I heard somebody say that in art, people are either trying to heal themselves or to heal other people. And I try to do that with my work. Either I'm expressing something about myself that I hope people will resonate with, or I'm making an offering to the audience of something they need. Cuz people come to poetry events needing something. They may not always be aware of what they're needing. But people need some connectedness; people need some level of validation; people need some affirmation. And I try and do that in a way that people get what they need. Not necessarily what they always wanted, but what they needed.
Paul: I'll speak from a very Chicano perspective, because Chicanos aren't represented in the mainstream. We don't even have no fuckin' CNN; man, we ain't got nothing about no news. We don't see each other in the media; we don't hear each other on the radio; they don't even have a salsa station on the motherfucker. [Laughter]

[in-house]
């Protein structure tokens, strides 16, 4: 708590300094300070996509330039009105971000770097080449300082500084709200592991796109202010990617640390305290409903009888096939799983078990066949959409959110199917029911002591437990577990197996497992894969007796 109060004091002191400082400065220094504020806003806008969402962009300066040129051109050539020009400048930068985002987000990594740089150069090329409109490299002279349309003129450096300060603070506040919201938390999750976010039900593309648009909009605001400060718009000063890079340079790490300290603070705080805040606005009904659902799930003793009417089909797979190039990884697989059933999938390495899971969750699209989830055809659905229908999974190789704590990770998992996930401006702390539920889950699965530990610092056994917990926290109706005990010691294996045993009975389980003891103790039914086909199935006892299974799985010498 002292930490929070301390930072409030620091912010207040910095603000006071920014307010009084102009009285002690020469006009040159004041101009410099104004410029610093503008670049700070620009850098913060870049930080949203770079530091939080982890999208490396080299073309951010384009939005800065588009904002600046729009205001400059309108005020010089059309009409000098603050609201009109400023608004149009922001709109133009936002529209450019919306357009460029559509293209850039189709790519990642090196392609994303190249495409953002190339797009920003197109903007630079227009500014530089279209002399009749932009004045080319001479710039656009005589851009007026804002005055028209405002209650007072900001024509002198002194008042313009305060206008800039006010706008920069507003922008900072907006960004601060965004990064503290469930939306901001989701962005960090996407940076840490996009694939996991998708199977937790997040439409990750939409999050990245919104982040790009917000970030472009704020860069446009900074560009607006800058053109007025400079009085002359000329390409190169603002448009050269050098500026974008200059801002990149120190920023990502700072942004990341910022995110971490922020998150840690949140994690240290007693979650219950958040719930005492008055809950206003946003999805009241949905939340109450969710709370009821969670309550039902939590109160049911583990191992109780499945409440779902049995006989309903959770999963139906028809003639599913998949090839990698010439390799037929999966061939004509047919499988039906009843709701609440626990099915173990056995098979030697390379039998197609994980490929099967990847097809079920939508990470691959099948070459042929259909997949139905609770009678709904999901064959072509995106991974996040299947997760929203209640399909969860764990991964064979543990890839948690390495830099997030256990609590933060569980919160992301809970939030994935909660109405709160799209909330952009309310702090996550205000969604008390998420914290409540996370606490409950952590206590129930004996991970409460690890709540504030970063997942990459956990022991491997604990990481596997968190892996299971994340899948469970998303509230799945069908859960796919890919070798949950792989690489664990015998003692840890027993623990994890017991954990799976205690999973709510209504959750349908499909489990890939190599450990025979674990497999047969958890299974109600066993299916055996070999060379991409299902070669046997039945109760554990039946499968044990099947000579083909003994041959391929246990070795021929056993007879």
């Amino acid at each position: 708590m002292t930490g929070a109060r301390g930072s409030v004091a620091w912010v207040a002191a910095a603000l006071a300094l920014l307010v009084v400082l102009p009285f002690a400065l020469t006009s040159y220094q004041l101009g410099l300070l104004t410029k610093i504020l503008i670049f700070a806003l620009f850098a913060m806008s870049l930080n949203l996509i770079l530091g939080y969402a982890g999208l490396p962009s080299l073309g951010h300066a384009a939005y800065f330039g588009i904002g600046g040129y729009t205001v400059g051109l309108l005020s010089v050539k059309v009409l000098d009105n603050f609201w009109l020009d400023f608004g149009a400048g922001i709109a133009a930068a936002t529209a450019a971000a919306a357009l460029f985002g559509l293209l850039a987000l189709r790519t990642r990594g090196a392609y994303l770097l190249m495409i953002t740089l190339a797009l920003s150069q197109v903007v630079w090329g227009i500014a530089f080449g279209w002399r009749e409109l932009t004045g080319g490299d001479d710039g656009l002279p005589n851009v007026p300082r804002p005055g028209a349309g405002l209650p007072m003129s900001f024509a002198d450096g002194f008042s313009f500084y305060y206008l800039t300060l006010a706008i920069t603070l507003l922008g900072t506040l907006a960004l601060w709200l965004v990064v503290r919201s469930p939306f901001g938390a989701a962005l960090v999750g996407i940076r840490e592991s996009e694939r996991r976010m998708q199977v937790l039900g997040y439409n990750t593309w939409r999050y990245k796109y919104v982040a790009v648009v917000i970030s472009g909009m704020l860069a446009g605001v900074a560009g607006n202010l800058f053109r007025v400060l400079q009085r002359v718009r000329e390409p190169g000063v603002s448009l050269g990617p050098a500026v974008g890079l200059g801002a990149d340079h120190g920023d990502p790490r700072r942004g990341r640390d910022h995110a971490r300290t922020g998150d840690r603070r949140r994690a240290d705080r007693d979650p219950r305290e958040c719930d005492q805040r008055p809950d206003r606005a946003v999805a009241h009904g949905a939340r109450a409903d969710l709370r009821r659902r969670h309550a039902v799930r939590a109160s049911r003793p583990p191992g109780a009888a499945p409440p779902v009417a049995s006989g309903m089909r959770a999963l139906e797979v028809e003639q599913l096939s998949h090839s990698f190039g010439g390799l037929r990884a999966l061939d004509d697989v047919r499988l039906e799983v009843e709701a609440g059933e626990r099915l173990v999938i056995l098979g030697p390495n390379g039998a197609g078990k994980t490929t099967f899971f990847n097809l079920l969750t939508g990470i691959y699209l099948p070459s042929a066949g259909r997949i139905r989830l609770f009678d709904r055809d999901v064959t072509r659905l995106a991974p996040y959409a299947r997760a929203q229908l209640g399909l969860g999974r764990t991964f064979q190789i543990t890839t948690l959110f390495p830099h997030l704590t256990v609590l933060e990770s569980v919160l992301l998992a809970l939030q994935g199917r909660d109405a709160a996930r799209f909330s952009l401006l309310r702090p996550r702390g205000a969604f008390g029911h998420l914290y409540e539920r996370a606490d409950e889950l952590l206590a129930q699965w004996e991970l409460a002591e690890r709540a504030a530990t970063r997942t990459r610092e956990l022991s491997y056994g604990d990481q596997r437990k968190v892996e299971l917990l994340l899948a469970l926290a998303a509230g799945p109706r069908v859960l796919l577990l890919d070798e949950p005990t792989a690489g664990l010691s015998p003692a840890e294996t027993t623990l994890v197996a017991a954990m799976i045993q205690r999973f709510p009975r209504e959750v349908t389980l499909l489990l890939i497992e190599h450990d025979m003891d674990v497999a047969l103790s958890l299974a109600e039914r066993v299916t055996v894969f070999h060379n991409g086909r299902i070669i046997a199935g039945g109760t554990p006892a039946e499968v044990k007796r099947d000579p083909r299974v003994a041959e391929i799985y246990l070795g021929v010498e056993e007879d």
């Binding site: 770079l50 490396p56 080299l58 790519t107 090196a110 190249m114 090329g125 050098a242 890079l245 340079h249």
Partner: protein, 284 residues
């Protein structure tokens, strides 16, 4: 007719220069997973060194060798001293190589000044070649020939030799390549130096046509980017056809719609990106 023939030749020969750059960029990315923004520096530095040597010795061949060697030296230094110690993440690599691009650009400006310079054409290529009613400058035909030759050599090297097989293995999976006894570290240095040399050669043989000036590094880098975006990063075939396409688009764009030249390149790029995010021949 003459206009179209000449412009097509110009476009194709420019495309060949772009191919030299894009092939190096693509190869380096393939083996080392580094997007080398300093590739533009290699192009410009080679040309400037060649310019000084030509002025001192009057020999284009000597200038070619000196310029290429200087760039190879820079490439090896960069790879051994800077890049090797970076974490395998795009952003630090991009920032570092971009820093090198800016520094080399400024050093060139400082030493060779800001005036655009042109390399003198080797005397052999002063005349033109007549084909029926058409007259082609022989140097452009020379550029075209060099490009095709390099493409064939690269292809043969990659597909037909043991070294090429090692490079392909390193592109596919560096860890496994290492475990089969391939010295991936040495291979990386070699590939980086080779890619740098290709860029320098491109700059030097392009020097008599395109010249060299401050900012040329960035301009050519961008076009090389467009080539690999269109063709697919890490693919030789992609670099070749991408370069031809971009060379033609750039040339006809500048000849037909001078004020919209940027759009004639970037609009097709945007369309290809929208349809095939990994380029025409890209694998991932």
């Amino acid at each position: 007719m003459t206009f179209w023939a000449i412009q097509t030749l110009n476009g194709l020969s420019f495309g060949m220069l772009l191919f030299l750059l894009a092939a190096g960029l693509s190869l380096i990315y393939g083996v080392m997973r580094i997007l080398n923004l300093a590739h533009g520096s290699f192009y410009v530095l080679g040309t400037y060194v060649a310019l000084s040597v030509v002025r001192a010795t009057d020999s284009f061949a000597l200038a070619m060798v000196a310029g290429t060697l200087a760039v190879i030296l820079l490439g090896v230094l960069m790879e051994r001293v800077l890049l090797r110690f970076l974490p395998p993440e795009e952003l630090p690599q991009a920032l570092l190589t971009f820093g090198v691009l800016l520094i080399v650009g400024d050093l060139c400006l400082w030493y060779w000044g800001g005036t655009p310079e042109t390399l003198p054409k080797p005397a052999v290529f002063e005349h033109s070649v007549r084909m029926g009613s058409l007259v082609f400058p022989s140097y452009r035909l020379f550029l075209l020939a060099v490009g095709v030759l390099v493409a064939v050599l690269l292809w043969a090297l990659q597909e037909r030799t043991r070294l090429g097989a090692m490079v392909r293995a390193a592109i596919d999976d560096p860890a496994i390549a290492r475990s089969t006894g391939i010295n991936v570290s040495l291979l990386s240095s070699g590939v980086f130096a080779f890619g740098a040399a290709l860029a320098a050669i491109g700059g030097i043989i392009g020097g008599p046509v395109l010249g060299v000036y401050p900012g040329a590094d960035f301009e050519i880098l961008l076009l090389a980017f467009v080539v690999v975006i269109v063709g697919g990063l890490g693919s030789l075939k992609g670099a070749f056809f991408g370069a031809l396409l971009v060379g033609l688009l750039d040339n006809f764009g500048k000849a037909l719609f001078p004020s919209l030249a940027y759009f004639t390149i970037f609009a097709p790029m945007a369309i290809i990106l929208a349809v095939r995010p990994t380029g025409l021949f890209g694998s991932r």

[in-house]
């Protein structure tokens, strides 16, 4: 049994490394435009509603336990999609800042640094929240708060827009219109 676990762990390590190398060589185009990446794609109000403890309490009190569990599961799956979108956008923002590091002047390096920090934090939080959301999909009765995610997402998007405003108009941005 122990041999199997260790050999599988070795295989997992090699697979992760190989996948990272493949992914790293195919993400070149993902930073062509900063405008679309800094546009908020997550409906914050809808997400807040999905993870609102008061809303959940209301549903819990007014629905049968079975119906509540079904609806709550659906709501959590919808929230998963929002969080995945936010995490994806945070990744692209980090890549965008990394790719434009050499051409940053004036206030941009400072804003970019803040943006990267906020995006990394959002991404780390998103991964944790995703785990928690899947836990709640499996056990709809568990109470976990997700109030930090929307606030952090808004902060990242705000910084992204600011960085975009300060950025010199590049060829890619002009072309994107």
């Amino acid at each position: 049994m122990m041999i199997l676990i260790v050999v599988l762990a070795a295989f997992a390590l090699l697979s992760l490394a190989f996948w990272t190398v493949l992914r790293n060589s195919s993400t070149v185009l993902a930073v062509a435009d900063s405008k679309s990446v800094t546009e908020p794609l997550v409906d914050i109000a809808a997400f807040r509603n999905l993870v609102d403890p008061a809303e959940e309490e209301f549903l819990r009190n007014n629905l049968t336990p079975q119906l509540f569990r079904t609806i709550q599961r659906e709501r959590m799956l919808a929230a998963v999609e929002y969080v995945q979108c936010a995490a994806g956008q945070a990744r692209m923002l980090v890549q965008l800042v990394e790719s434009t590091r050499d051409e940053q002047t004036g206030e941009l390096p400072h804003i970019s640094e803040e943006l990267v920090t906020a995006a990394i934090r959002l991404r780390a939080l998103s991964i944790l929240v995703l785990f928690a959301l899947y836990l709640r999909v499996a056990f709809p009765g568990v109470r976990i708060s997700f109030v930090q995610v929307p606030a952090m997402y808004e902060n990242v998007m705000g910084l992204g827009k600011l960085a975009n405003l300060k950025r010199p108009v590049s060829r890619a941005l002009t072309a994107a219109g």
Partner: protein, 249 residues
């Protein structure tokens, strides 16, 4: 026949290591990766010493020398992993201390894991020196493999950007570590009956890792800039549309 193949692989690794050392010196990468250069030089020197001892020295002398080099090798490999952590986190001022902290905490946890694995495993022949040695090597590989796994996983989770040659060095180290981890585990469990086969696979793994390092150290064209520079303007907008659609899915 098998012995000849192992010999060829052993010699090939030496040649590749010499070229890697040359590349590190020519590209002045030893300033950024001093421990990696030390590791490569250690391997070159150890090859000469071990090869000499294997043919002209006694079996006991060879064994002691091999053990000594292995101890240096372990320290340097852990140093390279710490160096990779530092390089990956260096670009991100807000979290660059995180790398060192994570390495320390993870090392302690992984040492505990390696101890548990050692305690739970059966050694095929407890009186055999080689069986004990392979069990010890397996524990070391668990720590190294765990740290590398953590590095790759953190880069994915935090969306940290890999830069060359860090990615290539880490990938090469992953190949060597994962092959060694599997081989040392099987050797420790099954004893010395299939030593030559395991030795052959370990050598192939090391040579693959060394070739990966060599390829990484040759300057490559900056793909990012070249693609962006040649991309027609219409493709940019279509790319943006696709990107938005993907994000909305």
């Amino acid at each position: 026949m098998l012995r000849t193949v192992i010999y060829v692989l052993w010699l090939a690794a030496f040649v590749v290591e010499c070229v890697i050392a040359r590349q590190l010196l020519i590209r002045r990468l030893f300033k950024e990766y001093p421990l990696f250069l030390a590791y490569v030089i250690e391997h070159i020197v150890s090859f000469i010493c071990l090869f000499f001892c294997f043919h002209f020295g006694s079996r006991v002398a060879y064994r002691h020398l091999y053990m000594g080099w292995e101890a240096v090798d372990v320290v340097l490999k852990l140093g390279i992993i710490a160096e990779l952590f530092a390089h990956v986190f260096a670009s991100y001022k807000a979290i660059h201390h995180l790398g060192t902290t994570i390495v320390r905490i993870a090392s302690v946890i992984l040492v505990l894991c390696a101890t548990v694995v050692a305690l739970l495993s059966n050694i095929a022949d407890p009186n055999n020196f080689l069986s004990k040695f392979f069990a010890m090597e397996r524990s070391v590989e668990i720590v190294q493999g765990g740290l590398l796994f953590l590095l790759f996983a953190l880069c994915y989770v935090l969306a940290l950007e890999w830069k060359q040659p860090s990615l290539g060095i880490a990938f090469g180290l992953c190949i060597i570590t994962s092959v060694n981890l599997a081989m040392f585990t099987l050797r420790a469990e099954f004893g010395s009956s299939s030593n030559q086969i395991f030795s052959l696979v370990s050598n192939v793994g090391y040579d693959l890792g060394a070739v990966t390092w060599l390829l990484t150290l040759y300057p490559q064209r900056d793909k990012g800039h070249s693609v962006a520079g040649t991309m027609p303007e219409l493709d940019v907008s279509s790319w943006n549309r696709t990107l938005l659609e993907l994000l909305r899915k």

We are our only source of information. We don't have any other person to look at except for ourselves. So when I work with my group, Los Delicados, we see it as a job, to have to go and tell stories about what's happened around us to the folks who don't hear it. That means telling about what's happening in our neighborhoods. If we don't tell our folks what's happening, either they're not gonna know, or they're gonna get lied to about it.
I see it as a duty to a certain extent, to create some sort of dialogue around these issues. Now I'm not tryin' to go out there and say, "I'm the one who knows the truth." But I do know the story, and I do know this has happened over and over and over again. I do know that nobody's writin' shit about it in the paper; nobody's putting it on TV; who's gonna talk about it?